It might have been the same trip to my Grandmother’s home as when I picked up SHOWCASE #95, it might not–but I know that I bought my copy of BATMAN FROM THE 30s TO THE 70s at a bookstore in the Green Acres Mall in Valley Stream where she lived. It was a big purchase, so I’m assuming it was underwritten by the Grandparents. At the time, it was one of only three hardcover books on the classic DC characters–the SHAZAM volume hadn’t been released yet. Boy, that’s still an awesome Infantino/Anderson cover–it called to me.

Most of the book was in black and white, with certain small sections in color. The contents of those sections was a little bit haphazard–in some cases, stories were run in the wrong era for when they had originally seen print. This is particularly the case in the 1970s chapter, as when this book was put together in 1971, there wouldn’t have been very many Batman stories to choose from. Nevertheless, it was a great and thorough primer on Batman’s career from the beginning to the then-present.

To be honest, i wasn’t all that huge of a Batman fan at the time. I enjoyed the character well enough, but not so much as the other super-powered heroes in the DC pantheon. Some of that was due to the fact that i wasn’t quite on board with the Batman style of the time, which too often plays as though it was trying to emulate the television cop shows of the era. I much more readily liked the sillier, dopier Batman stories of the 1950s and 1960s seen in reprints. So this was a chock-a-block full of such material.

The first story in the volume is a reprint of the first-ever Batman story–with stats taken from its Comics Code-era reprinting in the 1960s, so some of the elements of it had been altered or removed. Following that was a bevy of other firsts; Batman’s origin! Robin’s debut! The birth of the Joker! Clayface! I was especially interested in the first Riddler story, as it had been adapted relatively faithfully in the 1966 Batman TV series, the one story in which John Astin rather than Frank Gorshin had portrayed the Prince of Puzzlers. When that episode came back around in the rerun rotation, I sat in front of my television with the book open, comparing the two.

Even with all of the goodness it contained, the most tantalizing aspect of the book was the chapter-breaks showcasing different Batman covers of the past. Oh, how those long-ago stories called out to me. I wanted to know how Batman became the Superman of Planet X, how Killer Moth became his counterpart in crime, and what the deal was wit the Batman of the future, all of which were tales not included in this volume. Alas, I would have to wait decades for the answers in some of those instances.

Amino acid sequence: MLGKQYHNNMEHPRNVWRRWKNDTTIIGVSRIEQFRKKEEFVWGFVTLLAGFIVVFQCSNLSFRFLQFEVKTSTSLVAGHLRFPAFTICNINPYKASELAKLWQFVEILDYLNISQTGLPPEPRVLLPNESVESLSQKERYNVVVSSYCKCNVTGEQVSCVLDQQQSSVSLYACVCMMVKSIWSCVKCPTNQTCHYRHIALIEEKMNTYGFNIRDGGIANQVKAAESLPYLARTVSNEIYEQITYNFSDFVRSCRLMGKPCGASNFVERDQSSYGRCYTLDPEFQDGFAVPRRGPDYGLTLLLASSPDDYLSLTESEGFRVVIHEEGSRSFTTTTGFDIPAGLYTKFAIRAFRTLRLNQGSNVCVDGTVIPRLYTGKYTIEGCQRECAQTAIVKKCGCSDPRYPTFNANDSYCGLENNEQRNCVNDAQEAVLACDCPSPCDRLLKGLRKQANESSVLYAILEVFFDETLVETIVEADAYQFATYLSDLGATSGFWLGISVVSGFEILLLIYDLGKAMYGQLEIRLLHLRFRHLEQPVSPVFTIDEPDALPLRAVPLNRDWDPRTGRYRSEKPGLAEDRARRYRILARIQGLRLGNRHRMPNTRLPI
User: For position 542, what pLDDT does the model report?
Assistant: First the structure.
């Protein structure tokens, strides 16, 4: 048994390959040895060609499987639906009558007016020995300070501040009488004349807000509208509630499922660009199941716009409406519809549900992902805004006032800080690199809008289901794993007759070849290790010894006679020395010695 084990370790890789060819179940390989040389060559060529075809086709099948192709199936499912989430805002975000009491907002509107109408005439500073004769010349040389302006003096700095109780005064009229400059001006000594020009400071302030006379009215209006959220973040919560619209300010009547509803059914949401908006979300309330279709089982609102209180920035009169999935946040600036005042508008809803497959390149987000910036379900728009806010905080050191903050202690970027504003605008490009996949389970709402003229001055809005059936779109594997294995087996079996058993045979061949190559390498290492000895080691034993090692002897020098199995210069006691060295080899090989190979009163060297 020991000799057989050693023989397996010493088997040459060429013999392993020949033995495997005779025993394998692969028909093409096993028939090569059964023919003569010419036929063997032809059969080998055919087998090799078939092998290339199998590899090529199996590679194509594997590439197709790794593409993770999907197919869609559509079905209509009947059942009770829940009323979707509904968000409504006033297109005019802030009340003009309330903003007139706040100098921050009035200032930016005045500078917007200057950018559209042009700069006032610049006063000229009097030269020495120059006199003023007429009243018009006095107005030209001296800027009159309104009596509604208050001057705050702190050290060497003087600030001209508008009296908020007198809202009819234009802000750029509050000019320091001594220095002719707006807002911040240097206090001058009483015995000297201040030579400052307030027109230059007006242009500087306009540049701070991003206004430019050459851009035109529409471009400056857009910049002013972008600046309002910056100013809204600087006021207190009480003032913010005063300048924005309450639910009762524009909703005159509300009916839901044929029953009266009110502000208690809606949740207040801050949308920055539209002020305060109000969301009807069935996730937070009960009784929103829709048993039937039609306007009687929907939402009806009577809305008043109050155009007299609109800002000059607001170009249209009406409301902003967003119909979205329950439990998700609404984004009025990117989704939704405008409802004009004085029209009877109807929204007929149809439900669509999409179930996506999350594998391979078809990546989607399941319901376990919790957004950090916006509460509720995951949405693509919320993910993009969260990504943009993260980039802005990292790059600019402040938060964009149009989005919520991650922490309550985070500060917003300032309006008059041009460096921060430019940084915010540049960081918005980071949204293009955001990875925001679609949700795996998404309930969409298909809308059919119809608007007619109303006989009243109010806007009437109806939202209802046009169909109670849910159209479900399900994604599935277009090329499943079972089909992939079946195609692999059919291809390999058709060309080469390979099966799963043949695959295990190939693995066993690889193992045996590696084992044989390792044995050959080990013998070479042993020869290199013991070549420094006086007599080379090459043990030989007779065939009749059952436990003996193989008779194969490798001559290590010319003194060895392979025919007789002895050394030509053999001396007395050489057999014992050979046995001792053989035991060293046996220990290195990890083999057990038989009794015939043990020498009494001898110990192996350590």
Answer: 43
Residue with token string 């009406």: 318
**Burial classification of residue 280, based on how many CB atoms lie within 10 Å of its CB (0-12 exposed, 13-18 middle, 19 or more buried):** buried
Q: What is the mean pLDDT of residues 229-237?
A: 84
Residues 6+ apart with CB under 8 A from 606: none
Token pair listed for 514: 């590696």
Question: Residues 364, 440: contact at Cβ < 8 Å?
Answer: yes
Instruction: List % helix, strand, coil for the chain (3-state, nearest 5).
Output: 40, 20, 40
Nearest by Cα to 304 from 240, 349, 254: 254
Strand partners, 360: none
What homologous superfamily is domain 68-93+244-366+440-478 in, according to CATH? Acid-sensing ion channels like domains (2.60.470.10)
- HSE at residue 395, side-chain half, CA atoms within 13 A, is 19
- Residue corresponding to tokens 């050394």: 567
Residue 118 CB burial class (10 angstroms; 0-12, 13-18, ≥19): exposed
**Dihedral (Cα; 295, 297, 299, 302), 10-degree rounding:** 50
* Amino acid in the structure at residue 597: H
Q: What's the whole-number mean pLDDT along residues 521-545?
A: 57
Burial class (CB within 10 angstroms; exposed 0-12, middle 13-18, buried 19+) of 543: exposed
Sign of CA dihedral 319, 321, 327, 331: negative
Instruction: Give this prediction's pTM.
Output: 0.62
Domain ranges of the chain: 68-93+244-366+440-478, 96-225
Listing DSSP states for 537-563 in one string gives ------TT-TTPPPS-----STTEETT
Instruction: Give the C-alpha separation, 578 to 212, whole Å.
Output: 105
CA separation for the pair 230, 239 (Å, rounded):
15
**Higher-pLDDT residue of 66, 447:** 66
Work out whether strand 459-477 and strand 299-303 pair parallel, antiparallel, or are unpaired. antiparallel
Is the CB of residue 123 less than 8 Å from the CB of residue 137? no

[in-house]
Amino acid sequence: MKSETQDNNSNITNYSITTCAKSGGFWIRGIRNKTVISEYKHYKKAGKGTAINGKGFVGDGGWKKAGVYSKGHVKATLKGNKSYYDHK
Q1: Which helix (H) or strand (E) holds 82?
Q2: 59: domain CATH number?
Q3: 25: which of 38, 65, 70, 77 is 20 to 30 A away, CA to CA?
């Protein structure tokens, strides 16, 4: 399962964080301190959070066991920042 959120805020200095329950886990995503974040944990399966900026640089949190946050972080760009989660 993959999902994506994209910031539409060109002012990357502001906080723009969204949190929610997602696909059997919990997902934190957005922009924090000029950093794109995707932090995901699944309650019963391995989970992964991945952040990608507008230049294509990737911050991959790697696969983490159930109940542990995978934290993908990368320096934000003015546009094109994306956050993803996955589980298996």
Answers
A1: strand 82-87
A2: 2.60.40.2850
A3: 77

The reproduction within the book was varied, depending on what kind of shape materials in the DC archives happened to be in. Certain stories were beautiful, others were falling apart on the page, or printed with super-heavy linework. My young eye couldn’t quite discern these differences, not knowing what he was looking at, but I could tell that some stories looked better than others. Ultimately, though, what I wanted was to read the things, and everything was in good enough shape to allow for that.

The book ran heavy on material from the 1950s and 1960s–the 1960s segment devoted entirely to stories from before Julie Schwartz’s editorial revamping of the character in 1964 (Stories from after tat point wound up in the 1970s section for some reason.) Which was fine with me, I was a sucker for these strange and wonderful batman adventures, whether they involved time travel, crazy super-criminals or aliens from another world. As you’d expect, there was a smattering of stories involving Batwoman, Bat-Girl, Bat-Mite and even Ace the Bat-Hound, all of the stuff that latter day fans of the 1970s decried the most about the strip. 

Editor E. Nelson Bridwell, who had helped to assemble the package, also wrote the introduction. As Bridwell was DC’s historian-in-residence, this was no surprise, and he gave me a greater understanding and appreciation for the history of the character. His recounting of the first time Robin and then Batman appeared on the Superman radio show was a revelation to me–prior to this, I don’t know that I even knew that there had been a Superman radio show, but I desperately wanted to hear episodes of it, something that would also take a number of years to achieve.

The 1970s chapter also wound up reproducing some half-page ads for other DC titles of the period, which also fired my imagination. I would make up stories in my mind as to what these mysterious adventures might have been about. Even all these years later, wit the incredible assortment of reprint volumes of classic material that are now available to be easily purchased, this collection remains a strong sampler of Batman material across these eras. I would eventually read the earlier SUPERMAN volume in the series out of the public library, and even later be gifted a copy of the Gloria Steinem WONDER WOMAN volume by a friend. But this volume went onto the shelf next to the couple of other actual books I owned concerning the history of comics.

One thought on “BHOC: BATMAN FROM THE ’30s TO THE ’70s

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